Winter Bourne

The average night time winter temperature in New York City is twenty-nine degrees Farenheight. The average wind speed, a mere ten miles an hour. Not extra-ordinary in themselves, combined they create a wind chill of 16 degrees, cold enough to kill.

Jason Bourne, clothes heavy with frigid water and stinking of the East River, was limping toward a row of warehouses. The cold had numbed his ears and nose and made his feet ache. It was only when he stopped moving that he realized that he was no longer shivering. Through the fog slowing his thoughts, the fact driven calculator built into in his brain warned him that the initial stage of hypothermia had set in. He needed to get warm now.

A third check of the surroundings and Jason made his choice. The two story brick warehouse ahead of him had a combination of age, meager lightening and air of decrepitude that told him it was an easier target for a break-in than its more modern neighbors. Forcing his way through a rusted iron link fence, he slid through the shadows and up to the door. Since he'd crawled out of the river, he'd walked with his right hand thrust into his armpit to warm his numb fingers.

A police cruiser slowed to sweep a light across the building as Jason hurried inside, the locks defeated. He waited with his back to the door, straining to hear if a cruiser door opened. Nothing. The police had moved on.

He nodded to himself – it was just a routine patrol. The cops hadn't been looking for him. It had been hellish, but he'd used every ounce of will to force himself far enough down river to outstrip any immediate search. Now he was paying the price. His core body temperature was dangerously low, and his body ached with a compilation of days of abuse. Jason knew his ability to think clearly was being affected by the cold. Knew he'd have to think things through twice to make sure he wasn't making mistakes.

Getting out of the wind and into shelter had been the first step. He already felt warmer. Now he made a survey of the front office, using the street lights to find his way around. Turning on a light where there were windows would be asking for trouble. At least his eyes were already adjusted to the dark. He did a fast tour of the warehouse attached to the office. It was filled wall to wall with boxes of spatulas, paper towel holders and a variety of other plastic junk. Useless.

He didn't find any surprises. Some of the tension holding his shoulders rigid eased. Jason closed the door to a windowless back room and snapped on the lights. He found the thermostat and cranked it up. Two beat-up desks filled most of the space with a kitchenette at the back wall. The best find was a shower squeezed into one corner. Jason peeled off his coat, kicked off his shoes. It was blissful to pull off the rest of his sodden clothes and let the hot water chase away the cold. When the hot water ran out, Jason used paper towels to pat himself dry. He didn't want to get blood on the cloth towels – far too noticeable. The cheap first-aid kit he found wasn't of much use, but more paper towels and bleach from the bathroom, a needle and thread, and scotch tape from the desk all helped with the external injuries. The honey was a real find, and he smeared it liberally on the less serious wounds. The blood in the toilet worried him; he'd done some serious damage to his internal organs. Jason swallowed his next to last codeine tablets, knowing that he was simply postponing the payment for the abuse he'd suffered these past few days.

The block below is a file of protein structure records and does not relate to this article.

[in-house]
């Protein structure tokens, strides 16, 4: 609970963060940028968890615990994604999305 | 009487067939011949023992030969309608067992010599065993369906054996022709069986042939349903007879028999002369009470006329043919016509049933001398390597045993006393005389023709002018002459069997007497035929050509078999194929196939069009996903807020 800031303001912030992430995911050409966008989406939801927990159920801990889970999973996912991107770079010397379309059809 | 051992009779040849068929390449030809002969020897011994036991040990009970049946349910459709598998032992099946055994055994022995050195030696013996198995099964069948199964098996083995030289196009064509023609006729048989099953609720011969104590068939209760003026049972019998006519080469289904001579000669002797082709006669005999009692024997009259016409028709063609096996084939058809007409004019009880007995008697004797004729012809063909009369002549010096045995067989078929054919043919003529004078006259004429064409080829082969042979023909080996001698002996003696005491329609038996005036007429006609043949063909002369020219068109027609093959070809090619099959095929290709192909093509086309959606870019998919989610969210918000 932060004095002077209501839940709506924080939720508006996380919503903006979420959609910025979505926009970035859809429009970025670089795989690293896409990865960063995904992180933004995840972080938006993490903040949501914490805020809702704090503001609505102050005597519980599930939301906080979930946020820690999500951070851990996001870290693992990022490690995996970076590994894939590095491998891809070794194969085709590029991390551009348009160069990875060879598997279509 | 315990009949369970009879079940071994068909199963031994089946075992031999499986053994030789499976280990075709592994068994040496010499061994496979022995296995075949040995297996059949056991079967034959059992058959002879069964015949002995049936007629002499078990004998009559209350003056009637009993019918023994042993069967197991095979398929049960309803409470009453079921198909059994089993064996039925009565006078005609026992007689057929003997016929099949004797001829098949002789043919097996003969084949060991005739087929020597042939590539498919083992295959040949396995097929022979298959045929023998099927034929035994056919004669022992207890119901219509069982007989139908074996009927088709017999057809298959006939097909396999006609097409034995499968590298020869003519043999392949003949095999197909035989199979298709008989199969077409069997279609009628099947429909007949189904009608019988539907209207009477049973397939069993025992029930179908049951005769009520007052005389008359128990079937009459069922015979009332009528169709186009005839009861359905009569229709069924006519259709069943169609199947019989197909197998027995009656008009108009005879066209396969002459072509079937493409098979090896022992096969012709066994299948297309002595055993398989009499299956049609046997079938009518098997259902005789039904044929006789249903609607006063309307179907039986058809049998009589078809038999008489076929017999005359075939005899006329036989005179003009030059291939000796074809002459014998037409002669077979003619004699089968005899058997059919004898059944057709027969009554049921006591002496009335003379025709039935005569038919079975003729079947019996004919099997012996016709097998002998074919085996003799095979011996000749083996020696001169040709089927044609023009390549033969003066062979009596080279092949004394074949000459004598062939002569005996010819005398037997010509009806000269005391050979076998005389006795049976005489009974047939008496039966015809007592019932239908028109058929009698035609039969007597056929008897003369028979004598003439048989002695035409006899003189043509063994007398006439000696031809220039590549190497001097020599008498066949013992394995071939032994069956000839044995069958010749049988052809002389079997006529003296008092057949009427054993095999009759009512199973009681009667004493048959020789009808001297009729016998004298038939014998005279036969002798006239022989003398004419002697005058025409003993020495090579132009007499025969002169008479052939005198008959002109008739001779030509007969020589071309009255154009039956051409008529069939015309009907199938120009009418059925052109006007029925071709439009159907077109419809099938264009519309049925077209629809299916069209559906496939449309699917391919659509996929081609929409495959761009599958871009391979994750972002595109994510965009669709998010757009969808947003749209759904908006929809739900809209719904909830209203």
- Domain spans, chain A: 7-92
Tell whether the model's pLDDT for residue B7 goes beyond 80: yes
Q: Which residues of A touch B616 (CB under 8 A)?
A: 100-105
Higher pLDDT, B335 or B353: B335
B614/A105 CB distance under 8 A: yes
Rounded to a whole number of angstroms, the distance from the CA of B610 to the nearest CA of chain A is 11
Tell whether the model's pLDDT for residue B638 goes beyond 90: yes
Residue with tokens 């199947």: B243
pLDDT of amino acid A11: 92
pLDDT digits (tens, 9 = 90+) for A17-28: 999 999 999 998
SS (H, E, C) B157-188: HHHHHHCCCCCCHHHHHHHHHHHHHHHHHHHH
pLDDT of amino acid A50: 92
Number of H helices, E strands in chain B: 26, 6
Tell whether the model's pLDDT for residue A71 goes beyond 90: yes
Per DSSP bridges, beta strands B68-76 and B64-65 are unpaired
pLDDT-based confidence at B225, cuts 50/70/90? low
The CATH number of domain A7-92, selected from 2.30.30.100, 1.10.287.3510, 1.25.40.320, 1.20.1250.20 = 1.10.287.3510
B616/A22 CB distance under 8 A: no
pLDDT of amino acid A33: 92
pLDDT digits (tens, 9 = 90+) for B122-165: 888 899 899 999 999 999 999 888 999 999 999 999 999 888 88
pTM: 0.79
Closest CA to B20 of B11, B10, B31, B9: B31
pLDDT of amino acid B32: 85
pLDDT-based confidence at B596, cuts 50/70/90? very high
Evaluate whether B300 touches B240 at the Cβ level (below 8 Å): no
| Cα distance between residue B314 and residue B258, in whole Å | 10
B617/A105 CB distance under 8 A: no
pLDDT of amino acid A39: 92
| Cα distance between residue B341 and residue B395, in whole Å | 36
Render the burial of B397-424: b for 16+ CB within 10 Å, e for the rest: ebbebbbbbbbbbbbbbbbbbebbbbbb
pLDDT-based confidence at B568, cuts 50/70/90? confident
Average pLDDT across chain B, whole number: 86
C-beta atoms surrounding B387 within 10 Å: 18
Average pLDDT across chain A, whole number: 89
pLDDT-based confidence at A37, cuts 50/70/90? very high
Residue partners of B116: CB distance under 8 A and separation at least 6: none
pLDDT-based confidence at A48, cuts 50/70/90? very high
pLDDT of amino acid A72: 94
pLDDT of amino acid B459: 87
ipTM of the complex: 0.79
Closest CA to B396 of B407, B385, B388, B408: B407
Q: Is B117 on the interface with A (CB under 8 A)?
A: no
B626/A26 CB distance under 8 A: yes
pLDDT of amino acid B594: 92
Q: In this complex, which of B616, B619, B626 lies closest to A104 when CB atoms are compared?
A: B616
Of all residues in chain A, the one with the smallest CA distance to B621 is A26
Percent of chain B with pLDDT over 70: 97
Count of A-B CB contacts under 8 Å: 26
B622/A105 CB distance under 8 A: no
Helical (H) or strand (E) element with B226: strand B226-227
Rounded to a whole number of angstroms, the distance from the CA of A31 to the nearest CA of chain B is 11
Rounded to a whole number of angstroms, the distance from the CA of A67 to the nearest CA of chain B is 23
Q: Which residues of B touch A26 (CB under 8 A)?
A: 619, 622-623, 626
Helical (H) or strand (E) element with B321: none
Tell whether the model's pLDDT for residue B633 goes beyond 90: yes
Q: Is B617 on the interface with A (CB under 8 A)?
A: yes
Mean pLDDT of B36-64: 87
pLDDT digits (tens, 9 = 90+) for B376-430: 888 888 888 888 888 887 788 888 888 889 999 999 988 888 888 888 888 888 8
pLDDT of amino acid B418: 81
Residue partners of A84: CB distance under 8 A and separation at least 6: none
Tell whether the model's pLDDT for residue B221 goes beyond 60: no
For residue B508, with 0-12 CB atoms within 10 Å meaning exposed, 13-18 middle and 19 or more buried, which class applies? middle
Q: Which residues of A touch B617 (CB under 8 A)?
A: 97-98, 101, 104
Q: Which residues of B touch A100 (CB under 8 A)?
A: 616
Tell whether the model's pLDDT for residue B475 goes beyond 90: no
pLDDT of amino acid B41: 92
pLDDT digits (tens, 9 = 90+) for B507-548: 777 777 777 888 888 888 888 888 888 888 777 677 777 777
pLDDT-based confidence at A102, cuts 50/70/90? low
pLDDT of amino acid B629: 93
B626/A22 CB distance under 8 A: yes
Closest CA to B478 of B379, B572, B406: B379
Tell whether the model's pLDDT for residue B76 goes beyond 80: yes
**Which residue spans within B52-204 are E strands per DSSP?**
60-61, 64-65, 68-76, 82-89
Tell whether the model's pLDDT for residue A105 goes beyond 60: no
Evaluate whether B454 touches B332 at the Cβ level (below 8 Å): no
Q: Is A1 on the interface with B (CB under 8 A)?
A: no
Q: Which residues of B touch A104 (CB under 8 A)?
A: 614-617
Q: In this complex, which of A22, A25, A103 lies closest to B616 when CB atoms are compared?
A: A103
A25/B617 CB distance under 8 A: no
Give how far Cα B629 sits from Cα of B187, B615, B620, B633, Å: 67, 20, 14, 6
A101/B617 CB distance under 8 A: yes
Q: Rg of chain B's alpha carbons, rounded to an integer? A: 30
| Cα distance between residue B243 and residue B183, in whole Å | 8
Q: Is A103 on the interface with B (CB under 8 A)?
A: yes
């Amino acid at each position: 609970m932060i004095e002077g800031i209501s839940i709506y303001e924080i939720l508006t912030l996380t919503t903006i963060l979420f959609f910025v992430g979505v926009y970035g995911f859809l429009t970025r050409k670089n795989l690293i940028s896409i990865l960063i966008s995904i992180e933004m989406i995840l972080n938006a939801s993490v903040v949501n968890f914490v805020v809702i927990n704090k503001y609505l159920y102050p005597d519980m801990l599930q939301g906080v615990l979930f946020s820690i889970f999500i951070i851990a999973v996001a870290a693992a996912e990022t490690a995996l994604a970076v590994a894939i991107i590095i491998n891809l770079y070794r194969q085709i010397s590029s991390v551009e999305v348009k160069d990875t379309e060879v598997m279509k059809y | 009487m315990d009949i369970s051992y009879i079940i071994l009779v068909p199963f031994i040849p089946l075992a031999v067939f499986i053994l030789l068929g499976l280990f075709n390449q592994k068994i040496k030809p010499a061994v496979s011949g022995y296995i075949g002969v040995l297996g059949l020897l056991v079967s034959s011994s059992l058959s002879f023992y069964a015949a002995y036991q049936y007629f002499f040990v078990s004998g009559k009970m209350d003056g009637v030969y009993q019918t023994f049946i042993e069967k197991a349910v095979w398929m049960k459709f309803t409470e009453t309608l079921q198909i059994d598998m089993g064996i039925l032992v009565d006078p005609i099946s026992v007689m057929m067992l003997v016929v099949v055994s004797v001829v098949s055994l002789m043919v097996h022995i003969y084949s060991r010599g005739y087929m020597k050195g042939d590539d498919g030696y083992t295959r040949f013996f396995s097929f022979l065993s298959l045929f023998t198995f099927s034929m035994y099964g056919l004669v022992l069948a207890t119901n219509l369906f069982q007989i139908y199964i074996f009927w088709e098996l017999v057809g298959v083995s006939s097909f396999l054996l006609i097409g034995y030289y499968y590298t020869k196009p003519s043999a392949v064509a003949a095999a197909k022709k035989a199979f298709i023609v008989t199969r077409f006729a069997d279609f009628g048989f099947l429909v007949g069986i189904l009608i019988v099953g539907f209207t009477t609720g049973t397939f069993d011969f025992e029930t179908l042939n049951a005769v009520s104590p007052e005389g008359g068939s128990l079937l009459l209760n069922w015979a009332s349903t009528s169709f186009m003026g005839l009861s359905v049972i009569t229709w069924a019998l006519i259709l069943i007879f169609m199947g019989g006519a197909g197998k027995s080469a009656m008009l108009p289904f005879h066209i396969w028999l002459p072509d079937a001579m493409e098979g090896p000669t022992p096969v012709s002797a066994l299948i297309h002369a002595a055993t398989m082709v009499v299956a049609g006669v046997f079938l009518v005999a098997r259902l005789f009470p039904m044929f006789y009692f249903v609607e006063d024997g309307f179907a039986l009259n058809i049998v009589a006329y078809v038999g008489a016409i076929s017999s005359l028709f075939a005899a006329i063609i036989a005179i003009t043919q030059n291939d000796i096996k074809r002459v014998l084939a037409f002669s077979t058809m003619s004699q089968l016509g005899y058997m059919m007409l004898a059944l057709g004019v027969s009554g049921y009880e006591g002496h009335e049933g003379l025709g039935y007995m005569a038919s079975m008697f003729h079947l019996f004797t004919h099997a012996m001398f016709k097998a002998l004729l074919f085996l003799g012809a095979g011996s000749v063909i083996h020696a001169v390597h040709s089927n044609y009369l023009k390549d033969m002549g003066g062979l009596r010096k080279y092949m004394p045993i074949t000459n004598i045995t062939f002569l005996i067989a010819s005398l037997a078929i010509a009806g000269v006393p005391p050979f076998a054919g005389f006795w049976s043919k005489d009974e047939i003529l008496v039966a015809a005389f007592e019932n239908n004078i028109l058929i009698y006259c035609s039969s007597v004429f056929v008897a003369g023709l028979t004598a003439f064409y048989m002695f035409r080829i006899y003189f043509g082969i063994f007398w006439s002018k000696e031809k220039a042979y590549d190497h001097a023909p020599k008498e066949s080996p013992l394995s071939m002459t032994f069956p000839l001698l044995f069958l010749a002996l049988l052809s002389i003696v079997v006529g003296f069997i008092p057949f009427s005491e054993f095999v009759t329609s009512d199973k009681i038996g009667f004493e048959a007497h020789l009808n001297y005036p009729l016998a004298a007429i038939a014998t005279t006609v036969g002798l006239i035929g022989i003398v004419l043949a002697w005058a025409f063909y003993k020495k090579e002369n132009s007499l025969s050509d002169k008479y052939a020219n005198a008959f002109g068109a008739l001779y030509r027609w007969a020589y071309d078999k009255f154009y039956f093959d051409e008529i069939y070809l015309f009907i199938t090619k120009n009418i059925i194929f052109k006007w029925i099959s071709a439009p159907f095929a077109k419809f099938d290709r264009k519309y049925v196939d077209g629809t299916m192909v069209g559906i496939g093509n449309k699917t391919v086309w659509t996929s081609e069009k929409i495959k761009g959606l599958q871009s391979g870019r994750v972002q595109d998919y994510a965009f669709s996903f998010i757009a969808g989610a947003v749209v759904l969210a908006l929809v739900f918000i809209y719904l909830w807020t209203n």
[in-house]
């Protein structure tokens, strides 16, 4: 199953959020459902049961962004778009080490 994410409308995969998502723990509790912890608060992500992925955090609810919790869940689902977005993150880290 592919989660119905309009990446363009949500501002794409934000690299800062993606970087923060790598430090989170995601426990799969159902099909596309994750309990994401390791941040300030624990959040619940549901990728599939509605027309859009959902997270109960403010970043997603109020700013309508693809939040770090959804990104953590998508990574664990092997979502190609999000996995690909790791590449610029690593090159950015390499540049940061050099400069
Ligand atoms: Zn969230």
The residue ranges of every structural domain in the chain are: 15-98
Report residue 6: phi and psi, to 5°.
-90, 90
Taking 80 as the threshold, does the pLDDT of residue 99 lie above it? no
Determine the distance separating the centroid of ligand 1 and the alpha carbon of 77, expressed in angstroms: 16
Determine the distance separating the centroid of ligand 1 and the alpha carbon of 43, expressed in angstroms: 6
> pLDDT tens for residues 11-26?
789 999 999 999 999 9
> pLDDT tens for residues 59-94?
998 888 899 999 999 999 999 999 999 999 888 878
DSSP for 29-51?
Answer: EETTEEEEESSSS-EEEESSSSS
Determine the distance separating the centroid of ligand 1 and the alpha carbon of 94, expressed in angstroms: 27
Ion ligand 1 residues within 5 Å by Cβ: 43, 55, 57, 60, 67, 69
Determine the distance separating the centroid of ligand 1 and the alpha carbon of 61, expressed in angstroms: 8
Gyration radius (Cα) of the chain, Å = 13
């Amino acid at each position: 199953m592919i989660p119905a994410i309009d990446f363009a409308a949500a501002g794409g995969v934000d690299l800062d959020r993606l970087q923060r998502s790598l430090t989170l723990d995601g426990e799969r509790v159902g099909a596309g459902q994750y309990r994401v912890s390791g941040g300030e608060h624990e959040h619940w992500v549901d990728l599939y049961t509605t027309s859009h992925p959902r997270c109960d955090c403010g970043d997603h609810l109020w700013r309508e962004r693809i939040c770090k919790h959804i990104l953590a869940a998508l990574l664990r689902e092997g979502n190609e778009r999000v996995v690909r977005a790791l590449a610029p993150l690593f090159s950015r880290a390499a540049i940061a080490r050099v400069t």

Stepping out of the steam-filled bathroom, he found a pink woman's sweater, made cheerful with embroidered kittens, draped over a desk chair. It was large enough for Jason to wear. Scratchy, but better than nothing. The rest of the kitchenette was stocked entirely with candy, coffee and pastries. Which helped explain the size of the sweater. Wrapping both hands around a hot instant coffee loaded with sugar, Jason drank it down with efficient swallows, ignoring the taste. He ate two pastries with the same determination to get a quickly digestible energy source into his body.

Despite his exhaustion, Jason forced himself to wash and rinse out his wet clothes to get the smell of the river out of them. He needed to make sure that when he left here, nothing about his appearance would raise suspicion. He draped the pieces over the old-fashioned radiators to dry.

Grabbing bubble wrap from the warehouse and newspapers from the bottom of a messy stack, he made a nest near one of the radiators. Jason set the alarm on his watch to wake him in four hours, just after dawn. The watch was the most expensive thing he owned and worth every euro he'd paid for it. Despite everything he'd been through, including the unscheduled swim, it was working just fine. Unlike him.

Jason needed to sleep, needed to heal. Most of all, he needed to get out of New York City. He'd come here for answers, and now he had them, as well as a fragile hold of memories from another life. The worst of it – the absolute worst - was knowing that no one had forced him. At the end, he had taken that first, irreversible step himself. Hirsch may have put the gun in his hand, but he'd pulled the trigger. He'd done it because Hirsch had demanded blind trust, all in the name of protecting Americans. Yes, Jason had trusted his handlers and they'd used that trust to re-create him as a conscienceless walking weapon.

Waiting for the codeine to kick in, Jason turned his thoughts away from his past. He'd completed his mission and survived. He had a chance now to pay back a debt. Nicky had thrown away her own life and her future to help him. Now she was out there alone and he needed to find her.